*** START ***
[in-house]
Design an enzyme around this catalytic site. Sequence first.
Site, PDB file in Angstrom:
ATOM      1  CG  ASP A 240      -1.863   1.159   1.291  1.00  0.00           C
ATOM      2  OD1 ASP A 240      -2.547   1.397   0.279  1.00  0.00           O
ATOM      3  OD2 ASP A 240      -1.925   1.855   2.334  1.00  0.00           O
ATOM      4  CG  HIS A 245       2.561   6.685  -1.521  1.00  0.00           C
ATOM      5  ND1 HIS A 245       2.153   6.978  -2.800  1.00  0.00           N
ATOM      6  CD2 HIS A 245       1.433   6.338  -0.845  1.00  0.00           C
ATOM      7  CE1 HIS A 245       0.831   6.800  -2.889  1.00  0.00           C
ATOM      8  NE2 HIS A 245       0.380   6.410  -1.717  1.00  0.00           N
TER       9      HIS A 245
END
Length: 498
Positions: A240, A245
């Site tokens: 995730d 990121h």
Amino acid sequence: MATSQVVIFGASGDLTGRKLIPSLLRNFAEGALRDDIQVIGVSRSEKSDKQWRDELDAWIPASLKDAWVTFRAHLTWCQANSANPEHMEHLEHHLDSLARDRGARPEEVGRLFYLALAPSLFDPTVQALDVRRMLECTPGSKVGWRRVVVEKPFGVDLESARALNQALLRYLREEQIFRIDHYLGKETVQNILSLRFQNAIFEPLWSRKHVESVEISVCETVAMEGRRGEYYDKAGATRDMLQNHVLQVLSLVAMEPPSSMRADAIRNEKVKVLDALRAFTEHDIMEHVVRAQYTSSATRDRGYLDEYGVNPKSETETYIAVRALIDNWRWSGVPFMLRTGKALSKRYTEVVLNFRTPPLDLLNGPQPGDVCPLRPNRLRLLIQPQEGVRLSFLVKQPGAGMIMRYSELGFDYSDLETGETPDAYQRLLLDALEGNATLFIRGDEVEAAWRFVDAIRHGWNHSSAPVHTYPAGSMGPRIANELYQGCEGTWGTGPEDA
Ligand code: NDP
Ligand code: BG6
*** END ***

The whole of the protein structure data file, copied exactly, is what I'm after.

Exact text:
[in-house]
Design an enzyme around this catalytic site. Sequence first.
Site, PDB file in Angstrom:
ATOM      1  CG  ASP A 240      -1.863   1.159   1.291  1.00  0.00           C
ATOM      2  OD1 ASP A 240      -2.547   1.397   0.279  1.00  0.00           O
ATOM      3  OD2 ASP A 240      -1.925   1.855   2.334  1.00  0.00           O
ATOM      4  CG  HIS A 245       2.561   6.685  -1.521  1.00  0.00           C
ATOM      5  ND1 HIS A 245       2.153   6.978  -2.800  1.00  0.00           N
ATOM      6  CD2 HIS A 245       1.433   6.338  -0.845  1.00  0.00           C
ATOM      7  CE1 HIS A 245       0.831   6.800  -2.889  1.00  0.00           C
ATOM      8  NE2 HIS A 245       0.380   6.410  -1.717  1.00  0.00           N
TER       9      HIS A 245
END
Length: 498
Positions: A240, A245
């Site tokens: 995730d 990121h």
Amino acid sequence: MATSQVVIFGASGDLTGRKLIPSLLRNFAEGALRDDIQVIGVSRSEKSDKQWRDELDAWIPASLKDAWVTFRAHLTWCQANSANPEHMEHLEHHLDSLARDRGARPEEVGRLFYLALAPSLFDPTVQALDVRRMLECTPGSKVGWRRVVVEKPFGVDLESARALNQALLRYLREEQIFRIDHYLGKETVQNILSLRFQNAIFEPLWSRKHVESVEISVCETVAMEGRRGEYYDKAGATRDMLQNHVLQVLSLVAMEPPSSMRADAIRNEKVKVLDALRAFTEHDIMEHVVRAQYTSSATRDRGYLDEYGVNPKSETETYIAVRALIDNWRWSGVPFMLRTGKALSKRYTEVVLNFRTPPLDLLNGPQPGDVCPLRPNRLRLLIQPQEGVRLSFLVKQPGAGMIMRYSELGFDYSDLETGETPDAYQRLLLDALEGNATLFIRGDEVEAAWRFVDAIRHGWNHSSAPVHTYPAGSMGPRIANELYQGCEGTWGTGPEDA
Ligand code: NDP
Ligand code: BG6